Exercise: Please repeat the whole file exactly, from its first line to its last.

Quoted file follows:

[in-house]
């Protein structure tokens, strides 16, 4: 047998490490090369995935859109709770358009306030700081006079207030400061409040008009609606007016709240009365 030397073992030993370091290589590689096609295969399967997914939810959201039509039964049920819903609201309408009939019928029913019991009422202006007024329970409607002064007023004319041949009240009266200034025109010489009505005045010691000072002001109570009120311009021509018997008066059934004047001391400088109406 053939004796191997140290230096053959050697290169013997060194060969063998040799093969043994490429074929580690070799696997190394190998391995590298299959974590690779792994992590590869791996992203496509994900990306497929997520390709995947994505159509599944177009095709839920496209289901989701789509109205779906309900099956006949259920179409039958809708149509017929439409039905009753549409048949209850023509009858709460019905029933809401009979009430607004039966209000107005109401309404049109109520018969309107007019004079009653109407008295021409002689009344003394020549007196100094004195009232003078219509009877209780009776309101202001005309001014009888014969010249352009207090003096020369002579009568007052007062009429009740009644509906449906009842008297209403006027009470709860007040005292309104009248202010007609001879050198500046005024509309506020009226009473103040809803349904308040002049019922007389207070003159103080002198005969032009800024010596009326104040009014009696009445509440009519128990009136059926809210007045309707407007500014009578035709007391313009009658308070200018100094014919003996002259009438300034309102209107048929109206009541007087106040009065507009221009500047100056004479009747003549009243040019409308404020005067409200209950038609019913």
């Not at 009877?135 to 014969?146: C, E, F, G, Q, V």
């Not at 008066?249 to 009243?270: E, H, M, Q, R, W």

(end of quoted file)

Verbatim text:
[in-house]
């Protein structure tokens, strides 16, 4: 047998490490090369995935859109709770358009306030700081006079207030400061409040008009609606007016709240009365 030397073992030993370091290589590689096609295969399967997914939810959201039509039964049920819903609201309408009939019928029913019991009422202006007024329970409607002064007023004319041949009240009266200034025109010489009505005045010691000072002001109570009120311009021509018997008066059934004047001391400088109406 053939004796191997140290230096053959050697290169013997060194060969063998040799093969043994490429074929580690070799696997190394190998391995590298299959974590690779792994992590590869791996992203496509994900990306497929997520390709995947994505159509599944177009095709839920496209289901989701789509109205779906309900099956006949259920179409039958809708149509017929439409039905009753549409048949209850023509009858709460019905029933809401009979009430607004039966209000107005109401309404049109109520018969309107007019004079009653109407008295021409002689009344003394020549007196100094004195009232003078219509009877209780009776309101202001005309001014009888014969010249352009207090003096020369002579009568007052007062009429009740009644509906449906009842008297209403006027009470709860007040005292309104009248202010007609001879050198500046005024509309506020009226009473103040809803349904308040002049019922007389207070003159103080002198005969032009800024010596009326104040009014009696009445509440009519128990009136059926809210007045309707407007500014009578035709007391313009009658308070200018100094014919003996002259009438300034309102209107048929109206009541007087106040009065507009221009500047100056004479009747003549009243040019409308404020005067409200209950038609019913």
């Not at 009877?135 to 014969?146: C, E, F, G, Q, V």
């Not at 008066?249 to 009243?270: E, H, M, Q, R, W």